Senators Introduce Compassionate Care Act to Improve End-of-Life Care
May 20, 2016 09:36 AM
United States Senators Richard Blumenthal (D-CT) and Shelley Moore Capito (R-WV) have introduced the Compassionate Care Act, legislation that would provide new federal resources to improve consumer and provider education with regards to end-of-life care, as well as support innovation and develop end-of-life quality measures for relevant provider settings. With the growing number of Medicare-eligible seniors, the senators said greater attention is needed to ensure individuals with advanced illness and their families receive the highest-quality end-of-life care. In a fact sheet about the legislation, the senators cited problematic statistics indicating the need for more focus on the issue: “Recent research shows that while 42% of individuals have had discussion on end-of-life issues, only 21% put their care directives in writing, and 90% said that their physician never asked about this issue. Furthermore, according to a recent poll conducted by The John A. Hartford Foundation, 46% of physicians reported frequently or sometimes feeling unsure of how to conduct advance care planning or end-of-life conversations. Additionally, less than 29% of the physicians surveyed had received any formal training on how to talk with patients and families about end-of-life care.”
The Compassionate Care Act would address these issues through the following three main elements of the legislation, as outlined in the fact sheet released by the senators:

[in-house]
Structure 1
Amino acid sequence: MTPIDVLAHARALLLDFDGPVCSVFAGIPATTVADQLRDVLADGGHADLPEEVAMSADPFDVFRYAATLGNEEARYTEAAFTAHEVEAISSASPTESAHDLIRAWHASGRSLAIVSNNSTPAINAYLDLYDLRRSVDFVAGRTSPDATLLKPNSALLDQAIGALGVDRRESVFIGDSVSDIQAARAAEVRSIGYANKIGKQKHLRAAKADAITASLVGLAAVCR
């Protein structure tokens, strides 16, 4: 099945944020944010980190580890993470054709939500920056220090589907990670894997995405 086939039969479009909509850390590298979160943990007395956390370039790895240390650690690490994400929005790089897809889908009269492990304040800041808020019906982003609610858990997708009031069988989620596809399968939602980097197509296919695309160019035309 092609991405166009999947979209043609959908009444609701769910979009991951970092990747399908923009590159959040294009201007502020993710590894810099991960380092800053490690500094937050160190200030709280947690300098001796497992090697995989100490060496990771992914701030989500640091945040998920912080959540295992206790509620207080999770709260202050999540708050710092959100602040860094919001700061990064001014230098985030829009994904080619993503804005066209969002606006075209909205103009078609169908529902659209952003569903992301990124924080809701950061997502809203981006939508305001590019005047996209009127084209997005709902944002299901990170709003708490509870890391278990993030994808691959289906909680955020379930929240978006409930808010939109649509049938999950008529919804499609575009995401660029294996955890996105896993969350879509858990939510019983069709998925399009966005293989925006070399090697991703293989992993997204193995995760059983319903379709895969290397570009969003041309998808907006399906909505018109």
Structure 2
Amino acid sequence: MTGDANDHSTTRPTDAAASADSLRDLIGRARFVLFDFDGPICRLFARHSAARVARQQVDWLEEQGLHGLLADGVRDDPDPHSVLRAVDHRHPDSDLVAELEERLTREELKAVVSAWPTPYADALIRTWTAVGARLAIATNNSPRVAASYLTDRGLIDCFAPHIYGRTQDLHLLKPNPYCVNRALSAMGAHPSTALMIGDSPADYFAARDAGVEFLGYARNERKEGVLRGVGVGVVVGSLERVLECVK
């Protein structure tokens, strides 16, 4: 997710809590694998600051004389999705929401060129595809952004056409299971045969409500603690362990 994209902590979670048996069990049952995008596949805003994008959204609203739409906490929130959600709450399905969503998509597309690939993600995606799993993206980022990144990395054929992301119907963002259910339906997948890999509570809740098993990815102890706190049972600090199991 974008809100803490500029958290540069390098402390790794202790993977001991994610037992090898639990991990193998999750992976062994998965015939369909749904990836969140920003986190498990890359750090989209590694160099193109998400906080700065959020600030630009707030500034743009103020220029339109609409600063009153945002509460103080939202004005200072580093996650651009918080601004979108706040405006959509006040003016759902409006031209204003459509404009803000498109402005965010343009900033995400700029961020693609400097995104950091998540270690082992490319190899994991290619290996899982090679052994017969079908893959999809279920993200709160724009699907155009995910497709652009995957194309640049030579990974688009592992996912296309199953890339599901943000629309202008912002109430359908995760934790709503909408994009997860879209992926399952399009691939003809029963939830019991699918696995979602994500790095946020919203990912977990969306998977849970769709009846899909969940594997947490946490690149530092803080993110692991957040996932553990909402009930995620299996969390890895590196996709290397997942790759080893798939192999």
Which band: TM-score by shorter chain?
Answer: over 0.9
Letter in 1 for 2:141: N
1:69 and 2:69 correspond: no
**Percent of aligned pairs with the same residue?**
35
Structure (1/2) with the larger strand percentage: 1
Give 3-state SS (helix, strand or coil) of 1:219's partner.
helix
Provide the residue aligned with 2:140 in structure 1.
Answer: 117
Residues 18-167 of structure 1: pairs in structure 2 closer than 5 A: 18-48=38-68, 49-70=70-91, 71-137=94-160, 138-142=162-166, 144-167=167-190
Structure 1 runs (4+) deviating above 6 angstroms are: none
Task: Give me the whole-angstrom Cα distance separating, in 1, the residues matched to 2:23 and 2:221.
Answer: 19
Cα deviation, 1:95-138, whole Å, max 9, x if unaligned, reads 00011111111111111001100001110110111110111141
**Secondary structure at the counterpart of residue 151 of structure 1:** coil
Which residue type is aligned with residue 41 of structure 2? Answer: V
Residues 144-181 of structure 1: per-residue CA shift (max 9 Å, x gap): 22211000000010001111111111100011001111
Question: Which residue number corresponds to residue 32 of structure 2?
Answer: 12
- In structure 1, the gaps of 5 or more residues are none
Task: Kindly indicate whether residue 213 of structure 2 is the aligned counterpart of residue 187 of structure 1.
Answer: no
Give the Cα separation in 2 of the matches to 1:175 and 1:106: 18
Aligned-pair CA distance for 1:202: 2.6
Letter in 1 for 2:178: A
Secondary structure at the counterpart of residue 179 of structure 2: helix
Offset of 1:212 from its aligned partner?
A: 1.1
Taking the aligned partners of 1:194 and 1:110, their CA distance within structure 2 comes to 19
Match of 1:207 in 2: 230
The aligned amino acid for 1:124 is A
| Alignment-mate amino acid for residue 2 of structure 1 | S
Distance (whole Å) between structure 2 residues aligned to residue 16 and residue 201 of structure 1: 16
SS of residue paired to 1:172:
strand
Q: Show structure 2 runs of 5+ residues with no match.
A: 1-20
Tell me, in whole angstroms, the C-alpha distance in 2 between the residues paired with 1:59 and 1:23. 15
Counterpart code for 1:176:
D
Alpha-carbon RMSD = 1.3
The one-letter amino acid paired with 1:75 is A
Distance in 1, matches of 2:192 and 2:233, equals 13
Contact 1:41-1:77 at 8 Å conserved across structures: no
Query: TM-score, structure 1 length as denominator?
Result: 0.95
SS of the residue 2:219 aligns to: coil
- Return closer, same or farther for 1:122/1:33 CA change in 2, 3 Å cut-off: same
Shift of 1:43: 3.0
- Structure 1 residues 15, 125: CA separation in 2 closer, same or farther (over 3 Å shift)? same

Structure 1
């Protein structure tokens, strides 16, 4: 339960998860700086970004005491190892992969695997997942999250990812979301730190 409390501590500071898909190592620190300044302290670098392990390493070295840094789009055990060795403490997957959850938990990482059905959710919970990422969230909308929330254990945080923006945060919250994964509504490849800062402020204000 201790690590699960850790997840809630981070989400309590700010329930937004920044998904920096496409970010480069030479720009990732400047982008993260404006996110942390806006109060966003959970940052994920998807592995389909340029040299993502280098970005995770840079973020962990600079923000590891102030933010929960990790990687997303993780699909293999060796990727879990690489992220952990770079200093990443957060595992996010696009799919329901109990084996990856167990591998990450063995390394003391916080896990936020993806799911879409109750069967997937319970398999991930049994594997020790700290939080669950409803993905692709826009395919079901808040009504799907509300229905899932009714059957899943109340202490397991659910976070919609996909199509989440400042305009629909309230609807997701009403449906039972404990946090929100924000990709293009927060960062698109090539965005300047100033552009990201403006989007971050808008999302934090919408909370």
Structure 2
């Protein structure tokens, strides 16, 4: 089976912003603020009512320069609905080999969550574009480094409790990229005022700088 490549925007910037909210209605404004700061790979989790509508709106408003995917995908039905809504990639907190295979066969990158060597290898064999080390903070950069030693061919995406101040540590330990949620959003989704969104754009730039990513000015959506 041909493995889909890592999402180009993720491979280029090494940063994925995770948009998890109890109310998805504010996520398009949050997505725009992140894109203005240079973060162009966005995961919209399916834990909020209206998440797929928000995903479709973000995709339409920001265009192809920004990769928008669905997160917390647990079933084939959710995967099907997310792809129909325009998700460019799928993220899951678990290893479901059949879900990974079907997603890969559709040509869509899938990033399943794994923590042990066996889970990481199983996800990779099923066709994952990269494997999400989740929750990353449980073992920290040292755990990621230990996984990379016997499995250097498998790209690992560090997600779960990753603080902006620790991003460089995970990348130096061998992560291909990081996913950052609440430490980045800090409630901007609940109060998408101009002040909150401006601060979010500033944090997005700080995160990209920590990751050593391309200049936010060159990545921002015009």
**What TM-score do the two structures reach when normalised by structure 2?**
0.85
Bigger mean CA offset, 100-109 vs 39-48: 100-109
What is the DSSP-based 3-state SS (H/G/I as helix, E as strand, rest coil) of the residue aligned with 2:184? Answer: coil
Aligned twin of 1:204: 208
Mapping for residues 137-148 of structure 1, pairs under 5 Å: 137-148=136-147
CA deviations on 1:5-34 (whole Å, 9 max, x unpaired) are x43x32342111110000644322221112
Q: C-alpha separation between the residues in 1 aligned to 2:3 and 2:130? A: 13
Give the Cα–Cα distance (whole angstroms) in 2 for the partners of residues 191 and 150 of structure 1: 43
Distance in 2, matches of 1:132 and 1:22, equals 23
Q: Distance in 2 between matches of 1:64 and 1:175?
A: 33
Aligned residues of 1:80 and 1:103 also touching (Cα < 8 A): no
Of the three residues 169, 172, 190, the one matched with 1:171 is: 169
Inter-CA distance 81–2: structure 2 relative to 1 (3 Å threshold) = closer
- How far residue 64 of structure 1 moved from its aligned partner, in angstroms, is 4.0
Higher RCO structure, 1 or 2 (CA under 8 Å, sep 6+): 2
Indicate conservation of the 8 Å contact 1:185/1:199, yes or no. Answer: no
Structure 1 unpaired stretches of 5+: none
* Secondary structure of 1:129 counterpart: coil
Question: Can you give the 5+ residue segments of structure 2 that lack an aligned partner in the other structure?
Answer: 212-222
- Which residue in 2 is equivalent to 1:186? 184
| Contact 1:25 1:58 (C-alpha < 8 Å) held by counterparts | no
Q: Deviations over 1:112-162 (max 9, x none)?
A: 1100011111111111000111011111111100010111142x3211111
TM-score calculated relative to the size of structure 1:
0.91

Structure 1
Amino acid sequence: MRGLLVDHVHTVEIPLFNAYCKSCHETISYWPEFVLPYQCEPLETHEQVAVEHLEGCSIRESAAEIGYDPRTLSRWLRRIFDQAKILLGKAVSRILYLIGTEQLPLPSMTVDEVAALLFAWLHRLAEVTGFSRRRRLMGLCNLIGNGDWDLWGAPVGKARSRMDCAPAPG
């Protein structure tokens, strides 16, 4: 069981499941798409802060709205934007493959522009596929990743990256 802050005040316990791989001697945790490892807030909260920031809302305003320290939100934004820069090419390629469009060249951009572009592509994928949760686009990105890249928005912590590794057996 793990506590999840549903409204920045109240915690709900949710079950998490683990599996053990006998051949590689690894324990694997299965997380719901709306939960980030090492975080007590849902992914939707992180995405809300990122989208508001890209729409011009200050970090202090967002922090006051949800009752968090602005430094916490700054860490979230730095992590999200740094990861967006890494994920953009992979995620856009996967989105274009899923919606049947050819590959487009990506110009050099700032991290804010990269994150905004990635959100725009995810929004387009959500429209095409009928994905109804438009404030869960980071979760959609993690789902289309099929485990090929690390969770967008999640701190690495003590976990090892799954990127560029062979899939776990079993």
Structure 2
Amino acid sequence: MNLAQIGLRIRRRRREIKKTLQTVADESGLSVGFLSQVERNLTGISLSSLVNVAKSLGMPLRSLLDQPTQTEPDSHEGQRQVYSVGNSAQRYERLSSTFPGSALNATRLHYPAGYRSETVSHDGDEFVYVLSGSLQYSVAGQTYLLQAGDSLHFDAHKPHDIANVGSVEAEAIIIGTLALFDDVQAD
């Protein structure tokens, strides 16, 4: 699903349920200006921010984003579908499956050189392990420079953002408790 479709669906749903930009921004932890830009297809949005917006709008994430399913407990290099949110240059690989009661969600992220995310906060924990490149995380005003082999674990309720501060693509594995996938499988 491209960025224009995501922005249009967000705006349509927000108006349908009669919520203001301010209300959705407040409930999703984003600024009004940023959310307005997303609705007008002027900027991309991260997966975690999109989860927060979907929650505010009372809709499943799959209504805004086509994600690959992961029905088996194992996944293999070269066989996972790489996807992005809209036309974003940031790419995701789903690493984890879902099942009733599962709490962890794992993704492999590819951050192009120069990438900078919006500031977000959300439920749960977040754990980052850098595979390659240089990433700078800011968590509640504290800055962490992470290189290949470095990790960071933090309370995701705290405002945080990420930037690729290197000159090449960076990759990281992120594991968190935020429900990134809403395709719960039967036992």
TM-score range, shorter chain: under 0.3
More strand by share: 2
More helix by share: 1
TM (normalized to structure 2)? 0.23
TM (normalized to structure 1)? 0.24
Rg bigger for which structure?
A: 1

Develops and implements a national public education campaign to raise awareness of palliative and hospice care and encourages individuals to engage with qualified health care professionals.
Requires development of core end-of-life quality measures across each relevant qualified health care provider setting.
Establishes a pilot program in advance care curricula that will allow qualified health care providers to further develop their skills on how to discuss and help patients and their loved ones with advance care planning, palliative care, medical and legal issues associated with this area, and specialized pediatric care; while also including training in cultural competency measures.
Supports the expansion and development of continuing education programs on advance care planning and end-of-life as well as create a public provider advance care planning website to provide access to critical resources and new developments in this area.
Establishes a demonstration project to reimburse eligible entities for costs associated with the use of telemedicine services to provide advance care planning.
Requires the Secretary to conduct a study on the establishment and implementation of a national uniform policy on advance directives.
Requires a GAO study and report on establishment of national advance directive registry.
The National Association for Home Care & Hospice has endorsed the legislation. Other organizations supporting the legislation include: The Coalition to Transform Advanced Care; American Osteopathic Association; Elder Justice Coalition; American Bar Association Commission on Law and Aging; National Partnership for Hospice Innovation; Visiting Nurse Associations of America; National Hospice and Palliative Care Organization; American Heart Association; CT State Department on Aging.
Stay tuned to NAHC Report for additional information about how advocates can demonstrate their support for this legislation.